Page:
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Southside Automotive of Anderson, Inc. v. Smith

Court of Appeals of Indiana

December 7, 2018

Southside Automotive of Anderson, Inc., and David Amadio, Appellants-Defendants,
v.
Celeste Smith and Byron Swain, Appellees-Plaintiffs

          Appeal from the Madison Circuit Court The Honorable Thomas L. Clem, Judge Trial Court Cause No. 48C05-1709-SC-3029

          Attorney for Appellants Ralph E. Sipes Anderson, Indiana

          Attorney for Appellees Paul J. Podlejski Anderson, Indiana

          BAKER, JUDGE.

         [¶1] Southside Automotive of Anderson, Inc. (Southside), and David Amadio appeal the trial court's denial of their motion to set aside a default judgment for Celeste Smith and Byron Swain. Finding that the default judgment should have been set aside, we reverse and remand for further proceedings.[1]

         Facts

         [¶2] In late May 2017, Smith and Swain went to Southside to look for a car. They became very interested in a 2007 BMW 530xi. The two spoke with Amadio, the president of the company, about the car's condition. Amadio claimed that "the car was in mint condition . . . a rare find . . . [and] it appeared to be in good shape." Tr. Vol. II p. 11. Relying upon Amadio's advice, on June 2, 2017, Smith and Swain purchased the BMW "as-is" for $7, 490 with all fees included. Smith and Swain agreed to pay $4, 000 immediately as a down payment and to return on June 5, 2017, to pay an additional $2, 500. Thereafter, they would pay the remaining $990 in two monthly installments of $495.

         [¶3] One day later, immediately after picking up the BMW, Smith and Swain started having problems with it. The car started "knocking" and "backfiring" quite loudly, id. at 13, so Smith called Amadio to inform him about the issues. Amadio assured Smith that he had an excellent mechanic who would fix any minor problems the car might have. The two dropped the car off at Southside to have it fixed.

         [¶4] Smith and Swain did not hear from Amadio for another three weeks before they called him again. Amadio said the repairs were not complete and that he would need more time. Finally, after nearly three months, on August 28, 2017, Smith and Swain picked up the car. The next day, the two experienced even more problems. The BMW "almost caught fire," "it began smoking," and "the [check] engine light came on." Id. at 17. On September 1, 2017, Smith and Swain took the car to Resf Motors, a BMW certified service center, to get a proper diagnosis. Resf Motors informed the couple that the necessary repairs would cost $1, 927. Amadio refused to cover those costs.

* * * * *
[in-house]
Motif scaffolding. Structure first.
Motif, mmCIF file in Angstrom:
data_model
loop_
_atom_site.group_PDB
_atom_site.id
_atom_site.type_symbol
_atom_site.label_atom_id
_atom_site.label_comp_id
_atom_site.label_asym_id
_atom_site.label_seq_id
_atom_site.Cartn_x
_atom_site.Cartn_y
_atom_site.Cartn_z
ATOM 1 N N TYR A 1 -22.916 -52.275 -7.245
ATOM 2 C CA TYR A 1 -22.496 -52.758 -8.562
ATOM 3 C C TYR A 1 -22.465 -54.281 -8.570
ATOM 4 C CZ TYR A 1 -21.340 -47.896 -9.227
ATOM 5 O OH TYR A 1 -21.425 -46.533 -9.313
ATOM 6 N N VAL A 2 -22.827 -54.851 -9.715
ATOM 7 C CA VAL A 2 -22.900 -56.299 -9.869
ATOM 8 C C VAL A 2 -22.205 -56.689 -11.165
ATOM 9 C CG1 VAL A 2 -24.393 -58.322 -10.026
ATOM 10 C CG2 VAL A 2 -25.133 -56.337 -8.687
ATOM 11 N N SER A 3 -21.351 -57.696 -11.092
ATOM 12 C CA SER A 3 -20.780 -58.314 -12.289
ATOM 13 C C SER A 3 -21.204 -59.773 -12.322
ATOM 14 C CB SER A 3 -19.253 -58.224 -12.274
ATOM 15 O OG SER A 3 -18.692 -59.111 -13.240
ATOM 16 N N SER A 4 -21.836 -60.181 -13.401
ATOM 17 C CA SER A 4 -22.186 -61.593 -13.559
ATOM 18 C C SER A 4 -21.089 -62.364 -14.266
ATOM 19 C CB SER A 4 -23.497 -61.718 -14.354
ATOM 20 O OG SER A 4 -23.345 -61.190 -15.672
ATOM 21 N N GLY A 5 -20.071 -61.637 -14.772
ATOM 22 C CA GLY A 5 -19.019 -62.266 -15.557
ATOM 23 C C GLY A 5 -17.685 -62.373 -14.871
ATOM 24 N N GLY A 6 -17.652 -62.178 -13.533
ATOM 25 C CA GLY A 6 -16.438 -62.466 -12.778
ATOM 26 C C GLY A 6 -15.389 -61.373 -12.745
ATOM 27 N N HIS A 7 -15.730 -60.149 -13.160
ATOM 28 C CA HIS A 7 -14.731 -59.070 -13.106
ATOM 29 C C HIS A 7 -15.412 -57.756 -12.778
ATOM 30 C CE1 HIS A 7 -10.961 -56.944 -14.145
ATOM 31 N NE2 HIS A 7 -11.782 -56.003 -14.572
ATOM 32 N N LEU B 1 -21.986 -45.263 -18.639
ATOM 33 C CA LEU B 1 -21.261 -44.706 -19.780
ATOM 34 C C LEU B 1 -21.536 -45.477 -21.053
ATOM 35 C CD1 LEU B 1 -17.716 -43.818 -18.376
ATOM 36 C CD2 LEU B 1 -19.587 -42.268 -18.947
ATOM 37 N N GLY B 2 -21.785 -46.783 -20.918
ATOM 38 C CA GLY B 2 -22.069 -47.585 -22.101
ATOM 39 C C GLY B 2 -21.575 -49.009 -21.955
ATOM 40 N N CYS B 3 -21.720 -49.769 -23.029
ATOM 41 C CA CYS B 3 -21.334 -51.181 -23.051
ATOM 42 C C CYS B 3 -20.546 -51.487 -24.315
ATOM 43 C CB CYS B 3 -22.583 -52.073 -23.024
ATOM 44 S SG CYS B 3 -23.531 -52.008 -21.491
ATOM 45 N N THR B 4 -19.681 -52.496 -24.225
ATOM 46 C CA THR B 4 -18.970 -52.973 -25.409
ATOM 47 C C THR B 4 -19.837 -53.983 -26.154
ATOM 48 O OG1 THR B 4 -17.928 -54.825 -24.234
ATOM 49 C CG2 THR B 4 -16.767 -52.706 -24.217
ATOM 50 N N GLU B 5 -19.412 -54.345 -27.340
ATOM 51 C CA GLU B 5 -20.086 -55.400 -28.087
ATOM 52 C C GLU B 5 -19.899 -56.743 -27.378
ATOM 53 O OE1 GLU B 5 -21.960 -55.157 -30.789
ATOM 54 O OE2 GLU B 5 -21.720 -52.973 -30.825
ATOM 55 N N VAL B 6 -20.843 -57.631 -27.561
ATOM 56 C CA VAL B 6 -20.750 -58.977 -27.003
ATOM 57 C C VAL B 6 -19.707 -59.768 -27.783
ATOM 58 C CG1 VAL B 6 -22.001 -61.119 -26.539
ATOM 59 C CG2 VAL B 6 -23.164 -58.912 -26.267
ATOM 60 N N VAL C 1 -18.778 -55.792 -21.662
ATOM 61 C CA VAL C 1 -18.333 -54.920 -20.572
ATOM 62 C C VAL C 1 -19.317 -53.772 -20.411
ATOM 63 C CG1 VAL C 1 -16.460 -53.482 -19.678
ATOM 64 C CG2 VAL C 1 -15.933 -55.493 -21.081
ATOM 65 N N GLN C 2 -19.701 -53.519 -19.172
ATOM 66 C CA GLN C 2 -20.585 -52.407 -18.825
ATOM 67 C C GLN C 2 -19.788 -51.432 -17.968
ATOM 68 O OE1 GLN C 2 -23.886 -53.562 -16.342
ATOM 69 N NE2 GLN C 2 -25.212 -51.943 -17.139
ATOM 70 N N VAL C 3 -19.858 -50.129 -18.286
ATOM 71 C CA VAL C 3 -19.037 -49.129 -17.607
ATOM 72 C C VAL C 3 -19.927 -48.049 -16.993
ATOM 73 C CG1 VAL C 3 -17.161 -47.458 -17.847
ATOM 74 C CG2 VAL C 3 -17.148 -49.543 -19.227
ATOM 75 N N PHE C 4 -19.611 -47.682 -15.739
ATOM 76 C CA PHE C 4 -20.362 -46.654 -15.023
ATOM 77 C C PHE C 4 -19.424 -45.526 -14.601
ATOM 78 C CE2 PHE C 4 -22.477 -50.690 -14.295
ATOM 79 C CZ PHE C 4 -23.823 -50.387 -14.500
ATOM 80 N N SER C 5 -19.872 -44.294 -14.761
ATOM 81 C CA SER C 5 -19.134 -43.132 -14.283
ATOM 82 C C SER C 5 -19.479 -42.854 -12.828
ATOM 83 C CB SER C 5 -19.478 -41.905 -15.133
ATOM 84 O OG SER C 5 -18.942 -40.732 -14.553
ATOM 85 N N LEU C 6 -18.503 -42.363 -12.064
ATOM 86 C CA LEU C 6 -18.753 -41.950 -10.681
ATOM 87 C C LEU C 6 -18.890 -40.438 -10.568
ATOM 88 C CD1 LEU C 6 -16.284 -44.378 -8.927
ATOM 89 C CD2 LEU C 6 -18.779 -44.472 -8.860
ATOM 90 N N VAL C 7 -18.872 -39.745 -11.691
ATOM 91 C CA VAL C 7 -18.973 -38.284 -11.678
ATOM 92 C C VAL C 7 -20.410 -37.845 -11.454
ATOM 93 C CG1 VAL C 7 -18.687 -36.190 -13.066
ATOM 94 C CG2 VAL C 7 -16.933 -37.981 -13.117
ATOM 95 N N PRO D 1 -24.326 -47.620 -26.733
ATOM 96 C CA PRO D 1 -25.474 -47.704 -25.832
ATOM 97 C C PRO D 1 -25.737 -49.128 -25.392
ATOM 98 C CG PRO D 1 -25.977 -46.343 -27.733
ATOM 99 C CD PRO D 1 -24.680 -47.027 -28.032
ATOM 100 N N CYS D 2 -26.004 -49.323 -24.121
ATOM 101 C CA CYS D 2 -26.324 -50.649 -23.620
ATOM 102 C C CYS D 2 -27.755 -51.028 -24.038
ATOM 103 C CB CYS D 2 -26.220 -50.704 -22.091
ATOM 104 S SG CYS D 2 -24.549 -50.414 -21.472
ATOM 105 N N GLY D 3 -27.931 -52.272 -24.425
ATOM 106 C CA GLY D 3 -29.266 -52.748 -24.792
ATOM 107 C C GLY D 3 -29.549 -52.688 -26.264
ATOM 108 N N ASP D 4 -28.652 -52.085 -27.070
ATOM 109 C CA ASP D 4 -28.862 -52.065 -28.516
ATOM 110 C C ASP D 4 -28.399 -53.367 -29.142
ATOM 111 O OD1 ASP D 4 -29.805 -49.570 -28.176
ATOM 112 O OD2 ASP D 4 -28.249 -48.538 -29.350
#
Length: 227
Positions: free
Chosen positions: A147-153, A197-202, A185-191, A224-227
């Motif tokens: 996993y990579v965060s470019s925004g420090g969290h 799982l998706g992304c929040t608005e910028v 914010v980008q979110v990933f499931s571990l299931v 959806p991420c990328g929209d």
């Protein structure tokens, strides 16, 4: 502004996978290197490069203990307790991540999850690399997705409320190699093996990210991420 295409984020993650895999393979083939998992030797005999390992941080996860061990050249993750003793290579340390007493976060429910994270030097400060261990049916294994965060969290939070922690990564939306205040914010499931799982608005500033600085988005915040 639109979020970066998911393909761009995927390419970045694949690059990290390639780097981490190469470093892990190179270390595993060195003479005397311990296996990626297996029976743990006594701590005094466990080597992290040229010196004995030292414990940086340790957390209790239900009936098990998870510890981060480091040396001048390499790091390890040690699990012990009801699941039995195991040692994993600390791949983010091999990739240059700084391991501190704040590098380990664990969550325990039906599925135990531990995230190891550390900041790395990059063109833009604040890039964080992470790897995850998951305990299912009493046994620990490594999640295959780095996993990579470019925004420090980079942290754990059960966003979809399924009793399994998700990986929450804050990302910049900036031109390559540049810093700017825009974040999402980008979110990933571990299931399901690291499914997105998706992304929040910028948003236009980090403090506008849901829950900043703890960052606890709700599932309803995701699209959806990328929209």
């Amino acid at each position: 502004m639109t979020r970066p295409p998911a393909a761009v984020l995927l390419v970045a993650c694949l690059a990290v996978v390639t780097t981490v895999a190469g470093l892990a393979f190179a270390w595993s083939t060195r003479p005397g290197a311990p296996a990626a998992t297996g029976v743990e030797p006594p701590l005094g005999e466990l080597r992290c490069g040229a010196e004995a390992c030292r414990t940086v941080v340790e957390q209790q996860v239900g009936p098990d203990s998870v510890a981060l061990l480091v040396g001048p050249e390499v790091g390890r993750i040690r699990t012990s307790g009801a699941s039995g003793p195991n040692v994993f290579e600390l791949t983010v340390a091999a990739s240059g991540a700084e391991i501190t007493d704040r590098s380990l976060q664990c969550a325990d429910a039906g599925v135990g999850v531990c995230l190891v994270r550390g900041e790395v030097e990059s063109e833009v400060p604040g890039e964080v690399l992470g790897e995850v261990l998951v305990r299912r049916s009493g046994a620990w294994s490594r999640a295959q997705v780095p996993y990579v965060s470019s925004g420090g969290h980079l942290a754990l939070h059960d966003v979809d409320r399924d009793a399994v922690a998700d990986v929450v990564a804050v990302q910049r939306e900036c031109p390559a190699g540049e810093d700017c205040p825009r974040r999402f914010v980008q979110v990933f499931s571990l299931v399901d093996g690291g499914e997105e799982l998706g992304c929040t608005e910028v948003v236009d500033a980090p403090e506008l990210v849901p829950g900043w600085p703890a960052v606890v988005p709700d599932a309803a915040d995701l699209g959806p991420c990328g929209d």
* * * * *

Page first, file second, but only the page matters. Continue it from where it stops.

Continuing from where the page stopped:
[¶5] On September 13, 2017, Smith and Swain filed a small claims suit against Southside and Amadio, arguing that they sold a car they falsely claimed to be in "mint condition," appellants' app. vol. II p. 22; that it took Southside and Amadio almost three months to make repairs; that Smith and Swain were without a vehicle for that entire time; and that even after making repairs, the car continued to malfunction. Smith and Swain sought $6, 700 in damages and $107 in court costs. A hearing was set for September 29, 2017.

         [¶6] After receiving notice of this suit, on September 20, 2017, Amadio went to the Madison Circuit Court and asked the court reporter if he or Southside needed legal counsel for the September 29, 2017, hearing. She said, "You don't have to worry about that. He doesn't operate that way. If you need an attorney, he will tell you." Id. at 16. The fact that the court reporter made this statement is not challenged, and the trial court made no finding to the contrary. The next day, Southside and Amadio filed a counterclaim, denying Smith and Swain's small claims allegations and arguing that the two had failed to pay the remaining purchase price ($3, 490) or to return the BMW to Southside.[2]

         [¶7] At the September 29, 2017, hearing, Smith and Swain appeared pro se and Amadio appeared pro se and on behalf of Southside. Though Amadio is the president of Southside, Southside technically failed to appear at the hearing because it was not represented by an attorney. So, while Amadio appeared and spoke for himself, he was not permitted to appear and speak on behalf of Southside. The trial court admonished Amadio, who is not an attorney, for attempting to represent Southside without a law license:

Okay. Do you know that it's illegal for you to be here today ...

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